We performed the LT fenestration when the patients met the criteria such as a large amount of SAH, ventricular enlargement on the CT findings, and difficulty of cerebral retraction during open craniotomy. Since the probability that accompanied the hydrocephalus at the time of surgery was higher in Group I than Group II, the incidence of hydrocephalus on admission was higher in Group I with statistical significance (p=0.0287; OR=3.176). But the Fisher grade was higher in Group II than Group I even beyond expectations (p=0.2997; OR=0.5242). Although it might be due to an inter-observer bias about the radiological criteria of Fisher grade, basic cause could be considered as a decrease of patients who were enabled to be operated on about the aneurysmal SAH due to the increased preoperative mortality in Group I (Fig. 1A).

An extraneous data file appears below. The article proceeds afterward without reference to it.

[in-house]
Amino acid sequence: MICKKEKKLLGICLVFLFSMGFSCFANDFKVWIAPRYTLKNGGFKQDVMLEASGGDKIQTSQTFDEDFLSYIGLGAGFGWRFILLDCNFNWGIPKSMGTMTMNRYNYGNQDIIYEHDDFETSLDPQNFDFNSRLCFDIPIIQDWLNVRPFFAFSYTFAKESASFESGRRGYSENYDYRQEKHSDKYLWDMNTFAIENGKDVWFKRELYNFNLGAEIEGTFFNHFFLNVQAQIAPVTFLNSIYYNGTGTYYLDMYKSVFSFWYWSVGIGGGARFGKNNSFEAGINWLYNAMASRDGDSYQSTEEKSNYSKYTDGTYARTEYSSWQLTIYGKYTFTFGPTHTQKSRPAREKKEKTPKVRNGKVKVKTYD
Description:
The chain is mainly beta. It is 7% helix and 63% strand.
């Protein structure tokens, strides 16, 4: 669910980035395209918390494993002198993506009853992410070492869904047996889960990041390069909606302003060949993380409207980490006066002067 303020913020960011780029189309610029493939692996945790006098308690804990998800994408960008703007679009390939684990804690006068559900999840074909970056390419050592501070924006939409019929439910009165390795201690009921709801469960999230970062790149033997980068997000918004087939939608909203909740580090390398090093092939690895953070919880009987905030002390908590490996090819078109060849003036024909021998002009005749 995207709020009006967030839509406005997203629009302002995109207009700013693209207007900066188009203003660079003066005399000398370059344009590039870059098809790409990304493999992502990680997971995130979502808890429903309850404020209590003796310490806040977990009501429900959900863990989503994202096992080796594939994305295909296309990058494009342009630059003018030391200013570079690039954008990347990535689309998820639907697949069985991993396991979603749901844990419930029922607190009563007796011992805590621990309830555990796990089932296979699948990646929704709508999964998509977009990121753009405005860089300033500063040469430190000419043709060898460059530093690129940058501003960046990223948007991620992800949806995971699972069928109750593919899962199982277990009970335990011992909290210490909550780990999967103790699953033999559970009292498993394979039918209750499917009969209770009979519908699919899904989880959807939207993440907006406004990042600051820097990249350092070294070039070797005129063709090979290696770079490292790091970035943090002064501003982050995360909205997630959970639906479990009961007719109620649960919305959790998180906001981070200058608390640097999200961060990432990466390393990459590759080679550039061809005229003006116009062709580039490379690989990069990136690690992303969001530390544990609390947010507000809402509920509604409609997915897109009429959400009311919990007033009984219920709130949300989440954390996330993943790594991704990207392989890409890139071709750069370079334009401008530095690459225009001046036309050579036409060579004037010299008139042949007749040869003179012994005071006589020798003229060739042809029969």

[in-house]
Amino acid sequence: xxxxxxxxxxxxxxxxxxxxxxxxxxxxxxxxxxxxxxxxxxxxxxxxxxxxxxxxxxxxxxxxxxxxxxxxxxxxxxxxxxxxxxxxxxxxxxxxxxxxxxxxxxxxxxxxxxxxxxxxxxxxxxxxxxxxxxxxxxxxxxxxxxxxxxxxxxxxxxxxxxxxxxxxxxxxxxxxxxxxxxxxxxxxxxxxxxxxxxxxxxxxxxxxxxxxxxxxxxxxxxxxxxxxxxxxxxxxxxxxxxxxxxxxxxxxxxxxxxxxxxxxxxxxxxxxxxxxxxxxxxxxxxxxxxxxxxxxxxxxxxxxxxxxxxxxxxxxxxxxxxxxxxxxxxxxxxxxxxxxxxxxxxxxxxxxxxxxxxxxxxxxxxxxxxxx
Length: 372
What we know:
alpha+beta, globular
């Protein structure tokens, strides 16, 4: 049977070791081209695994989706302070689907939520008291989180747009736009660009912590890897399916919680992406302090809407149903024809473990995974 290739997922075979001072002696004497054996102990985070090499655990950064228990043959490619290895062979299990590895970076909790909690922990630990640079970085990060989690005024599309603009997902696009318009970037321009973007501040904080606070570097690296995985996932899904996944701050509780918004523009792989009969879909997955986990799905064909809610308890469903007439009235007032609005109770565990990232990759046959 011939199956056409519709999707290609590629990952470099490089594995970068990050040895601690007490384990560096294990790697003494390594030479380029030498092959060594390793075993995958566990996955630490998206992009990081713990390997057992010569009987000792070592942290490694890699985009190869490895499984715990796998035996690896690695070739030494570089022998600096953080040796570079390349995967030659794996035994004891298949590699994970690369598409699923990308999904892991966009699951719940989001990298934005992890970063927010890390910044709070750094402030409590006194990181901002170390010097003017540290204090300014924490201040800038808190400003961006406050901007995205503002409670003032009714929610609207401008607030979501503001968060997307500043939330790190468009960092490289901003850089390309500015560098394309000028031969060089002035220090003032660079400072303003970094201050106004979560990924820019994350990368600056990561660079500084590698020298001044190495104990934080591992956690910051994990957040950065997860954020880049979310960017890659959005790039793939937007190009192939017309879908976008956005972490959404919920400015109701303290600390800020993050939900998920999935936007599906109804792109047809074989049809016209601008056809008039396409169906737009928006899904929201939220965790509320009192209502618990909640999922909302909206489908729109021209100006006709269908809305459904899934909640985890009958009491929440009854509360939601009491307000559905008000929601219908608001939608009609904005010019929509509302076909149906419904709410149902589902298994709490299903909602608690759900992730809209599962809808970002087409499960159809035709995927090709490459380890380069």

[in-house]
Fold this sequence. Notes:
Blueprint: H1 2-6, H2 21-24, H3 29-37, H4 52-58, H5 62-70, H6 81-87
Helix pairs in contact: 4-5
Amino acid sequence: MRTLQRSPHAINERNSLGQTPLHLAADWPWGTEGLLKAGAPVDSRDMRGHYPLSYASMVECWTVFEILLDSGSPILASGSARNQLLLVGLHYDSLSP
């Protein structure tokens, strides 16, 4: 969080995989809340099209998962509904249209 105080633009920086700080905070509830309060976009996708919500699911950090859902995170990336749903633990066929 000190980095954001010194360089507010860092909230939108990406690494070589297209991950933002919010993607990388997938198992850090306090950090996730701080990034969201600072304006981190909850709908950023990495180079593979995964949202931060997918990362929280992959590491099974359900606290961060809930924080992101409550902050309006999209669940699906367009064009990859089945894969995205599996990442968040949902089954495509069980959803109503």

The case where ventriculostomy was performed was accompanied by the LT fenestration during aneurysmal surgery because cerebral edema made the brain retraction difficult in most instances (p<0.0001, OR=42.500). Conclusively, when a lot of intracerebral hemorrhage made severe intracerebral parenchymal edema and/or acute hydrocephalus aggravated the cerebral edema, the fenestration of LT could help to get an adequate operative field. The rate of conversion from acute hydrocephalus on admission to shunt-dependent hydrocephalus had a difference, but the rate of V-P shunt had no significant difference between Group I and Group II (p=0.594; OR=0.7143). LT fenestration and ventriculostomy were concomitantly performed in most patients during aneurysmal surgery in Group I (p<0.0001, OR=42.500).